Comparison of Sagittal FSE T2, STIR, and T1-weighted phase-sensitive inversion recovery in the detection of spinal cord lesions in MS at 3T

Paula Alcaide-Leon, A. Pauranik, L. Alshafai, S. Rawal, Jiwon Oh, W. Montanera, G. Leung, A. Bharatha

Research output: Contribution to journalArticle

Abstract

BACKGROUND AND PURPOSE: Determining the diagnostic accuracy of different MR sequences is essential to design MR imaging protocols. The purpose of the study was to compare 3T sagittal FSE T2, STIR, and T1-weighted phase-sensitive inversion recovery in the detection of spinal cord lesions in patients with suspected or definite MS. MATERIALS AND METHODS: We performed a retrospective analysis of 38 patients with suspected or definite MS. Involvement of the cervical and thoracic cord segments was recorded on sagittal FSE T2, STIR, and T1-weighted phase-sensitive inversion recovery sequences independently by 2 readers. A consensus criterion standard read was performed with all sequences available. Sensitivity, specificity, and interobserver agreement were calculated for each sequence. RESULTS: In the cervical cord, the sensitivity of T1-weighted phase-sensitive inversion recovery (96.2%) and STIR (89.6%) was significantly higher (P < .05) than that of FSE T2 (50.9%), but no significant difference was found between T1-weighted phase-sensitive inversion recovery and STIR. In the thoracic cord, sensitivity values were 93.8% for STIR, 71.9% for FSE T2, and 50.8% for T1-weighted phase-sensitive inversion recovery. Significant differences were found for all comparisons (P < .05). No differences were detected in specificity. Poor image quality and lower sensitivity of thoracic T1-weighted phase-sensitive inversion recovery compared with the other 2 sequences were associated with a thicker back fat pad. CONCLUSIONS: The use of an additional sagittal sequence other than FSE T2 significantly increases the detection of cervical and thoracic spinal cord lesions in patients with MS at 3T. In the cervical segment, both STIR and T1-weighted phase-sensitive inversion recovery offer high sensitivity and specificity, whereas in the thoracic spine, STIR performs better than T1-weighted phase-sensitive inversion recovery, particularly in patients with a thick dorsal fat pad.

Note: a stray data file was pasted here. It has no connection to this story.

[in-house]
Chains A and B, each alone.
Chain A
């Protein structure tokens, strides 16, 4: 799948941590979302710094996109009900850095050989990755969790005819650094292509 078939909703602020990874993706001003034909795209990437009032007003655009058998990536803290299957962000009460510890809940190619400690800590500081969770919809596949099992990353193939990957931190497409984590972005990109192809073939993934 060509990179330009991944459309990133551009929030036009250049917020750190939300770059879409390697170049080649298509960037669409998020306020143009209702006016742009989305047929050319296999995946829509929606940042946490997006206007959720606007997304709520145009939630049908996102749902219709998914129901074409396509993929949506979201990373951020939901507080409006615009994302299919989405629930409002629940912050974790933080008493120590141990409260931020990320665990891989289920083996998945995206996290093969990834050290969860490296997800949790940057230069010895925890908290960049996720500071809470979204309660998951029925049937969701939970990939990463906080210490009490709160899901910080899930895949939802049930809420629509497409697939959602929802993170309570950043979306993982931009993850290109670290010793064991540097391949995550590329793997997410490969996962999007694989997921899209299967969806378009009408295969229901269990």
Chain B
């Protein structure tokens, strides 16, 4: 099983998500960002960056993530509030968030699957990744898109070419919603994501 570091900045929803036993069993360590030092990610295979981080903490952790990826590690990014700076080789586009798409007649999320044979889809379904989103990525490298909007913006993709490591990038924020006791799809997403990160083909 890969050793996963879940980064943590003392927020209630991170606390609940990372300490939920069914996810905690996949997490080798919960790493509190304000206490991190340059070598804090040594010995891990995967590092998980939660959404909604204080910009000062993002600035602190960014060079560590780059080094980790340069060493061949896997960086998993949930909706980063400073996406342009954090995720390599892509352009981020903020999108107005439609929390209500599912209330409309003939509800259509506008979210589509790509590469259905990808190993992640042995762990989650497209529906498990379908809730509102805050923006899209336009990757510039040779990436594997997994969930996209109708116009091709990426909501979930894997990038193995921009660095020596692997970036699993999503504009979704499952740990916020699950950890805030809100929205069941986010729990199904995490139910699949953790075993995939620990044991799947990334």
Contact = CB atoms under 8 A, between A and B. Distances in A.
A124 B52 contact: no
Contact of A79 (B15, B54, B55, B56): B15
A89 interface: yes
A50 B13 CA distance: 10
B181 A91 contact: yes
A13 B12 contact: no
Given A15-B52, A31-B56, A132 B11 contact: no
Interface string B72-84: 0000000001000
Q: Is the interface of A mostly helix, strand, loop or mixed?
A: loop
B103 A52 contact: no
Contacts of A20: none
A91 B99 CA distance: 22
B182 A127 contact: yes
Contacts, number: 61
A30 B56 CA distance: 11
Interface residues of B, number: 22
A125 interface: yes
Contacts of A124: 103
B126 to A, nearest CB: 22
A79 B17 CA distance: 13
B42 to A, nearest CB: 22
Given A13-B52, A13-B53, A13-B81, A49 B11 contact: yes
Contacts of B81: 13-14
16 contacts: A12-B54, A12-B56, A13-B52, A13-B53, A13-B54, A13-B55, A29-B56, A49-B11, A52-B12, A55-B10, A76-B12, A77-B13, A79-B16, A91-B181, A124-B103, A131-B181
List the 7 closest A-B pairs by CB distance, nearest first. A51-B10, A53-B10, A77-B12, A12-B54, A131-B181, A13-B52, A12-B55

Original languageEnglish (US)
Pages (from-to)970-975
Number of pages6
JournalAmerican Journal of Neuroradiology
Volume37
Issue number5
DOIs
StatePublished - May 1 2016
Externally publishedYes

ASJC Scopus subject areas

  • Radiology Nuclear Medicine and imaging
  • Clinical Neurology

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